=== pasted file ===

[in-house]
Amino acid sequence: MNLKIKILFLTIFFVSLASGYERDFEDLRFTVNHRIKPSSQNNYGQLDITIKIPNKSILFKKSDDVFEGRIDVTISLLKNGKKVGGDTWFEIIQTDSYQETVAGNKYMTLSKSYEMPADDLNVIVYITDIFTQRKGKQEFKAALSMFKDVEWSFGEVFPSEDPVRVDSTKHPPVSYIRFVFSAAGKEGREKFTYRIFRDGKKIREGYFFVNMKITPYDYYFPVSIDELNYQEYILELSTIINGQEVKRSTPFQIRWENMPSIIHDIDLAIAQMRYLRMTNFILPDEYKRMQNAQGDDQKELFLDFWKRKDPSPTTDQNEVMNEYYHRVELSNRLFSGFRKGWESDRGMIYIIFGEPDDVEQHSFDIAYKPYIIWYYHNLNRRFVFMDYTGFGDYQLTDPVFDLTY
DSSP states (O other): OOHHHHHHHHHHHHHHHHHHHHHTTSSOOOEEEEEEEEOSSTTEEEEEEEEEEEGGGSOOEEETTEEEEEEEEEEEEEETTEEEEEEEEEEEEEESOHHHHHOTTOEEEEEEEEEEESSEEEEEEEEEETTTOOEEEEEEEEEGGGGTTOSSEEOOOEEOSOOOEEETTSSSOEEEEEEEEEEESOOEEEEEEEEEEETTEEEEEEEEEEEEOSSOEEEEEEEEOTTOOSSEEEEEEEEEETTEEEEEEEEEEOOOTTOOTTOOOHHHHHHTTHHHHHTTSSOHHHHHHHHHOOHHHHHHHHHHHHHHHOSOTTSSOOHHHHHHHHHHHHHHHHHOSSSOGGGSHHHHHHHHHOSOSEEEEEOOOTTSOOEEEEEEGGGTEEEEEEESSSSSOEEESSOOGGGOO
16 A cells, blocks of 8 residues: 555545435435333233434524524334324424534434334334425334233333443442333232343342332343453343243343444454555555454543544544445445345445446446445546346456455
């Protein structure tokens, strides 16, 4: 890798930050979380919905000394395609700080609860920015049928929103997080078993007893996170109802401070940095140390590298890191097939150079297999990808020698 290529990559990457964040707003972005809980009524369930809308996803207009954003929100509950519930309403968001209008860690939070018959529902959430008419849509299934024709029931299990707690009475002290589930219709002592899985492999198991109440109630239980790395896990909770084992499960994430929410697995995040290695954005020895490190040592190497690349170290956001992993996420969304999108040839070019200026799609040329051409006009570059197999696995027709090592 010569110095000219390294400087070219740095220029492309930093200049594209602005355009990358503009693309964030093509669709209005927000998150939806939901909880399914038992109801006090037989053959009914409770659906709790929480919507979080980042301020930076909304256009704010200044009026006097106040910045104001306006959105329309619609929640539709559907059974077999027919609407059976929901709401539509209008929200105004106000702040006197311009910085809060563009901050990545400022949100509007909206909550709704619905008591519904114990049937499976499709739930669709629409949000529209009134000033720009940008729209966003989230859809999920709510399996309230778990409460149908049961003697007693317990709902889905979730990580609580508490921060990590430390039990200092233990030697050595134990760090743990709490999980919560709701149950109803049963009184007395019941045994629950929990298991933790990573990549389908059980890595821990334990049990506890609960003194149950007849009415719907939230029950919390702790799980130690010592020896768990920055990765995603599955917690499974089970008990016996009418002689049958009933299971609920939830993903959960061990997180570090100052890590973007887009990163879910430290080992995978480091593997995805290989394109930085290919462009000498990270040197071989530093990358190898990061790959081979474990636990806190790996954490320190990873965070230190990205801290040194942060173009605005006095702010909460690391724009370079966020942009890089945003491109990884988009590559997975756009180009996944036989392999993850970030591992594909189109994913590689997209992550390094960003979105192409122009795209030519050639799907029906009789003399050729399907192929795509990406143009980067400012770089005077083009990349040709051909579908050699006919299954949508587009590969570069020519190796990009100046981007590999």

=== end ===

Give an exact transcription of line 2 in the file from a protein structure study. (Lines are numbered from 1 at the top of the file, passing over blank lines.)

Amino acid sequence: MNLKIKILFLTIFFVSLASGYERDFEDLRFTVNHRIKPSSQNNYGQLDITIKIPNKSILFKKSDDVFEGRIDVTISLLKNGKKVGGDTWFEIIQTDSYQETVAGNKYMTLSKSYEMPADDLNVIVYITDIFTQRKGKQEFKAALSMFKDVEWSFGEVFPSEDPVRVDSTKHPPVSYIRFVFSAAGKEGREKFTYRIFRDGKKIREGYFFVNMKITPYDYYFPVSIDELNYQEYILELSTIINGQEVKRSTPFQIRWENMPSIIHDIDLAIAQMRYLRMTNFILPDEYKRMQNAQGDDQKELFLDFWKRKDPSPTTDQNEVMNEYYHRVELSNRLFSGFRKGWESDRGMIYIIFGEPDDVEQHSFDIAYKPYIIWYYHNLNRRFVFMDYTGFGDYQLTDPVFDLTY